Second Life resident and Fo3 qDot Bunnyhug, one of the top teledildonics engineers in the world, has a new project: The Naughtyizing of Croquet. Yes, the humble roboticist from
Arkansas Oklahoma is going to spend the month of April hooking a variety of motorized sex toys to the open-source virtual world-building platform Croquet. qDot pioneered teledildonics in Second Life about a year and a half ago, and gave a great demo at SXSW06 of a vibrator that could be remotely controlled by an Xbox controller. Now he’s got his sights set on Croquet, which should provide fertile ground for the kind of remote sexuality of which qDot is a master. Plus which, if there’s anything that’s going to focus attention on a platform that’s not getting enough, it’s sex. What I loved about qDot’s rap at SXSW was that he sees teledildonics not so much as a tool for cheap Internet hookups as a way to bring couples who are separated for whatever reason closer together. For qDot, it’s more about the love than about the sex. Stay tuned at Slashdong, his blog, for continuing reports.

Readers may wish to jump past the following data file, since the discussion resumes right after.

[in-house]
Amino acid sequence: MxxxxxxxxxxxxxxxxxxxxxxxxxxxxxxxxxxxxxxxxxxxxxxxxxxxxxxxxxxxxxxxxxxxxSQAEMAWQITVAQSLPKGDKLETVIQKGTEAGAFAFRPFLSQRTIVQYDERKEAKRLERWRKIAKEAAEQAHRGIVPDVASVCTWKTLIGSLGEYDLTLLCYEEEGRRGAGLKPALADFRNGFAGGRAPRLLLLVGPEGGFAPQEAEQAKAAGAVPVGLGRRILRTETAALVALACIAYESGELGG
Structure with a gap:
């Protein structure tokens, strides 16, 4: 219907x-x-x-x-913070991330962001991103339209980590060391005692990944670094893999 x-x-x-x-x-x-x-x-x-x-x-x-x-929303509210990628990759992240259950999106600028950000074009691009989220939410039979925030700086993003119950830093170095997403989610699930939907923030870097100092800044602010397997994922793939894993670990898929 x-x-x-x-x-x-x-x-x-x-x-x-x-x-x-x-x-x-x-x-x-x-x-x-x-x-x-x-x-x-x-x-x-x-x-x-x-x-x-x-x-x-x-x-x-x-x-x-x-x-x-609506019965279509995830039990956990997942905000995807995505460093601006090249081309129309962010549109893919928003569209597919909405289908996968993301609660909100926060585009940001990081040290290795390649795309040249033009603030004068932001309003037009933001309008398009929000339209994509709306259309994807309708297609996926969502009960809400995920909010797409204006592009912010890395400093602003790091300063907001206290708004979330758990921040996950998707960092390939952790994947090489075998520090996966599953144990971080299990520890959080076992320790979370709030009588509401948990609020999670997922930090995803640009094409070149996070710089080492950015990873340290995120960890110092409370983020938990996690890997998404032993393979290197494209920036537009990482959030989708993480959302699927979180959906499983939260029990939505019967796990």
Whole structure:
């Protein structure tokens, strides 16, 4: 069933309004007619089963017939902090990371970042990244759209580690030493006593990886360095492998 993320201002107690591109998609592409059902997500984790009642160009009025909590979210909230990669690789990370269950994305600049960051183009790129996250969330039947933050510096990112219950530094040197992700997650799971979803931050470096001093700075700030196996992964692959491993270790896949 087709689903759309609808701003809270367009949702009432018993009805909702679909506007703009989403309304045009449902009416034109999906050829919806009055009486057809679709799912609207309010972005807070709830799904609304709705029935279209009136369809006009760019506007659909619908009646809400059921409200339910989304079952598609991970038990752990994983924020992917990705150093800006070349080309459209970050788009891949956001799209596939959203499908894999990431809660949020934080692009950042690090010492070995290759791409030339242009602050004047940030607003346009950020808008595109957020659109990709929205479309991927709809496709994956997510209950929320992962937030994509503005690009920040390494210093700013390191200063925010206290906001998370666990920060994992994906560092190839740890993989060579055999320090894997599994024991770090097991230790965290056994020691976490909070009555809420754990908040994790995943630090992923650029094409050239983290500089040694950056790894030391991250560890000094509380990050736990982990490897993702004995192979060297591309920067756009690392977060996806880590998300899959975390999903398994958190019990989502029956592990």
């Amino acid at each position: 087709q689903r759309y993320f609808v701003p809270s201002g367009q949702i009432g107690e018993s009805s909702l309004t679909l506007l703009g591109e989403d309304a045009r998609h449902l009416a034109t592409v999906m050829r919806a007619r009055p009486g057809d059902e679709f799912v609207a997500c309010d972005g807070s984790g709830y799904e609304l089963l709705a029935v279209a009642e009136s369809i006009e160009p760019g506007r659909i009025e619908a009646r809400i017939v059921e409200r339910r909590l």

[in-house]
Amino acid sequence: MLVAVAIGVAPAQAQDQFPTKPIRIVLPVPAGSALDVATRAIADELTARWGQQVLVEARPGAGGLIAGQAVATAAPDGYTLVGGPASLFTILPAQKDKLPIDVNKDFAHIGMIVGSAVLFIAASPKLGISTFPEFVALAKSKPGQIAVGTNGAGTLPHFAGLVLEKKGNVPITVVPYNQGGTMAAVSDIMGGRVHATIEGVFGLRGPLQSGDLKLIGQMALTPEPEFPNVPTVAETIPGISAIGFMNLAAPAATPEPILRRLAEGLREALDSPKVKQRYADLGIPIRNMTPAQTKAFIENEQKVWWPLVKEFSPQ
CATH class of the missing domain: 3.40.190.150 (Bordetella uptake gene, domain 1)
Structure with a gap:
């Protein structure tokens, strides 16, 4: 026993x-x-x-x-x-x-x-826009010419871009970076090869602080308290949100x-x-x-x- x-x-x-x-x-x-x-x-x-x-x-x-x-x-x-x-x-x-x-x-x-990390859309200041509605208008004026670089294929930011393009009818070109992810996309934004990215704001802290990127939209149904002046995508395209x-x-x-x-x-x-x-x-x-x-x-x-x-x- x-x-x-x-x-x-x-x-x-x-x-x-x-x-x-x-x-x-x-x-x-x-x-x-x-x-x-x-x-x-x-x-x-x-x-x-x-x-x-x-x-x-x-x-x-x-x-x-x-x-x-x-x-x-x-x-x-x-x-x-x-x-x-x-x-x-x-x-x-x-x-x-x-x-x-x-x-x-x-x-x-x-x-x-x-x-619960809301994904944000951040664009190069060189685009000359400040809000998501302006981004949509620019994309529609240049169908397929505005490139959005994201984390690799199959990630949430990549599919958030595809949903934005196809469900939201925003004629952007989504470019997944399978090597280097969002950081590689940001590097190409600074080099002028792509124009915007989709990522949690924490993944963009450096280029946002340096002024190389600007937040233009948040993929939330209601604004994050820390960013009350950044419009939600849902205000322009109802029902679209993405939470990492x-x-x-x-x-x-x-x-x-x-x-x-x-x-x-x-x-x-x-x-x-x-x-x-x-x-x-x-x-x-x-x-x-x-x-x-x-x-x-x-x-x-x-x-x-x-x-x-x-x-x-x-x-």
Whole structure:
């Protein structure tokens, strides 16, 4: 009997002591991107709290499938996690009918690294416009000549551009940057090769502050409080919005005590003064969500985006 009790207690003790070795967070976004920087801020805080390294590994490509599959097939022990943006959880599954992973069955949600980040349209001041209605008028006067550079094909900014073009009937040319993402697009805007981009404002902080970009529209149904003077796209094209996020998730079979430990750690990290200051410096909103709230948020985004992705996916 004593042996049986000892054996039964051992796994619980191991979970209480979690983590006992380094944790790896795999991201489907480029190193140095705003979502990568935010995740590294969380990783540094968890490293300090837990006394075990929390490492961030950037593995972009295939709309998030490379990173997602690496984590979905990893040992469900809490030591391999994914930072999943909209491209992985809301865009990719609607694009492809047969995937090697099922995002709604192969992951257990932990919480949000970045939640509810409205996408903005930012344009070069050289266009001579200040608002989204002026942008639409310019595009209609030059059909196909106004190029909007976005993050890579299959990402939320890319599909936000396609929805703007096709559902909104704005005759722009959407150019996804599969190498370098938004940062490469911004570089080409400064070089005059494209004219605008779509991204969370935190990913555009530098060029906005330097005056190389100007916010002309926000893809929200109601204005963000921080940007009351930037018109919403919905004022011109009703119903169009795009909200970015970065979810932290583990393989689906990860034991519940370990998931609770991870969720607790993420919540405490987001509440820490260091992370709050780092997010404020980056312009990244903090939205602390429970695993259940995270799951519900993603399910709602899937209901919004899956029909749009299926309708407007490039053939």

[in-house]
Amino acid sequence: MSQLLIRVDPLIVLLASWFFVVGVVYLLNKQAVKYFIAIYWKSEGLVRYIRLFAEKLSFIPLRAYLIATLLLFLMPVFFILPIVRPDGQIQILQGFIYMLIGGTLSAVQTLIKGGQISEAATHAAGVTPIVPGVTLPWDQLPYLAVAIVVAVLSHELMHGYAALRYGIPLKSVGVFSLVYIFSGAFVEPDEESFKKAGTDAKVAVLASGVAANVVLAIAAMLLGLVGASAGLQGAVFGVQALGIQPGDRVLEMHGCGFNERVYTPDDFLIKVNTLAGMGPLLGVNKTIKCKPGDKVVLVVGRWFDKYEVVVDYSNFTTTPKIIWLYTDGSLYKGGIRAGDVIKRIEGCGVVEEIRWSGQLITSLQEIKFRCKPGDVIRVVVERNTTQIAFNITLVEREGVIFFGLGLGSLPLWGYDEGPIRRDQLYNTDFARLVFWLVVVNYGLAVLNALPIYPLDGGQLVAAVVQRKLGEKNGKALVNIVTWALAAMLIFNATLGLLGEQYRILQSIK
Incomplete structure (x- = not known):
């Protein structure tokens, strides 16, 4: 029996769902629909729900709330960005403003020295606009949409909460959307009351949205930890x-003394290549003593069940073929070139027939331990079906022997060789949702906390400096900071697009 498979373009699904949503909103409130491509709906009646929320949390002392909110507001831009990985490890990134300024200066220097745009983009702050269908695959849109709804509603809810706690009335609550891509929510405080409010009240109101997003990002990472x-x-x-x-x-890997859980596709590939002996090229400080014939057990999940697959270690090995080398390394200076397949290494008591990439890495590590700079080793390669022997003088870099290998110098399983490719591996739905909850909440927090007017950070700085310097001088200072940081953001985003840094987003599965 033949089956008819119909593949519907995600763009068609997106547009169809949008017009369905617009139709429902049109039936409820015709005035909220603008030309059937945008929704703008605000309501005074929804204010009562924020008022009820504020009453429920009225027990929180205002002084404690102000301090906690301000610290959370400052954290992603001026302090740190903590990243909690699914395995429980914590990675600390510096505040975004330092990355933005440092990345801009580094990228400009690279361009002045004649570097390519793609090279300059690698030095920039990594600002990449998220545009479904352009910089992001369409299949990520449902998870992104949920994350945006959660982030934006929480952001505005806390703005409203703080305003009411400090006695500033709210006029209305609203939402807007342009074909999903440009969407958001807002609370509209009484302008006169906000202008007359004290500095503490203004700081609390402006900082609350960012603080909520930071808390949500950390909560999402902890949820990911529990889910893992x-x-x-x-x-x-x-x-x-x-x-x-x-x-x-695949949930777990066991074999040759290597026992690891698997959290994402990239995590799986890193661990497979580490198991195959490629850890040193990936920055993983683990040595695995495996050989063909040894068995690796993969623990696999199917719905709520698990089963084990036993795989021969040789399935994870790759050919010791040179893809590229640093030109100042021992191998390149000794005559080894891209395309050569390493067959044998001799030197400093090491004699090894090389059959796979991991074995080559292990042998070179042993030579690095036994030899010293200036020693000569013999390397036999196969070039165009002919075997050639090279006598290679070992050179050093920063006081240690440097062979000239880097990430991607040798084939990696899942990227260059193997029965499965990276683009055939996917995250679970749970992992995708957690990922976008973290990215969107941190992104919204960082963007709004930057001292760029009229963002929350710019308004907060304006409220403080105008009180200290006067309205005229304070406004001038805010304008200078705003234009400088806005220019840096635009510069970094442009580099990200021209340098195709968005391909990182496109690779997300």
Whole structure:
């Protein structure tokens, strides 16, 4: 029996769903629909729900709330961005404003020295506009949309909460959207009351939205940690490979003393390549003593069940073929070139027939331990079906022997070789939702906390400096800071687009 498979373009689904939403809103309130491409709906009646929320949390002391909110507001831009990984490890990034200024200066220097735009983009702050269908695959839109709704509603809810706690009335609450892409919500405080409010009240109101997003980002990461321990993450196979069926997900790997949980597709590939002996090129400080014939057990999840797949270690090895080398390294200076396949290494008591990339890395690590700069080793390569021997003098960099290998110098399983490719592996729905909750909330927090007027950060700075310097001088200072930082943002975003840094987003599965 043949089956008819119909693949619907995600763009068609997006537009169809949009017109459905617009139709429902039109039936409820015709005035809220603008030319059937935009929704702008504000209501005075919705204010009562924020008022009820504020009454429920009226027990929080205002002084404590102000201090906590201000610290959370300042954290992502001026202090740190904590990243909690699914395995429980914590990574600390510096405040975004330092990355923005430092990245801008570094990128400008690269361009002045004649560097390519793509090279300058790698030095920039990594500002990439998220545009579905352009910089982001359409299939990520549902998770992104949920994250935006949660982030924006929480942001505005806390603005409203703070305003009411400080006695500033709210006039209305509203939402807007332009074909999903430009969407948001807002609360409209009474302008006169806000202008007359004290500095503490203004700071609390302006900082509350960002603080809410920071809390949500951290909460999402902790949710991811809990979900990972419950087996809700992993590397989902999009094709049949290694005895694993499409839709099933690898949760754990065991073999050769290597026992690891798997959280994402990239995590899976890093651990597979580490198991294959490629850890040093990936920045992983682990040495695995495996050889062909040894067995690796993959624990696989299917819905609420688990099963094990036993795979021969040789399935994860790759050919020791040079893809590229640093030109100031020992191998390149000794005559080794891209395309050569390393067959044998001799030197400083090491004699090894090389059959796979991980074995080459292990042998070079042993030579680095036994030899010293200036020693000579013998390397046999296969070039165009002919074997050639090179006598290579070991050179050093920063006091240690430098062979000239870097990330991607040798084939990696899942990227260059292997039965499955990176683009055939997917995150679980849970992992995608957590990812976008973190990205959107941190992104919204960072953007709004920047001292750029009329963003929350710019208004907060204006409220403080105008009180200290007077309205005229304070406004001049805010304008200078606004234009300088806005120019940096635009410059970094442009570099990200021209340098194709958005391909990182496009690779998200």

Only cricket fans will realize that I don’t mean 50 years here, I mean 50 episodes. That’s right, the 50th episode of SecondCast, Second Life’s favorite podcast, is now on the air. We’ll pass our one-year anniversary sometime in February, which means we’ve been keeping up a remarkably good schedule of almost a podcast a week. Once again, kudos to Johnny Ming for pulling it all together and keeping us in line. Tune in to Episode #50 for a long discussion with Aerdr1e Fabre of Second Life matchmaking service Tea and Sympathy (which can be found in the »Infamy region« of SL (in a skybox, natch), and hear what Cristiano’s looking for in a mate. And despite the fact that I’ve been having Skype problems lately (grrr), downloads are apparently higher than ever, currently running at something in the low five figures per episode. Wow. Nice to know that someone other than ourselves is enjoying what we’re up to. Special thanks to Matthew in Georgia for the extra cool illustration he sent along to celebrate Episode #50 — and for continuing to listen despite the fact that he hasn’t used Second Life in months! Interesting.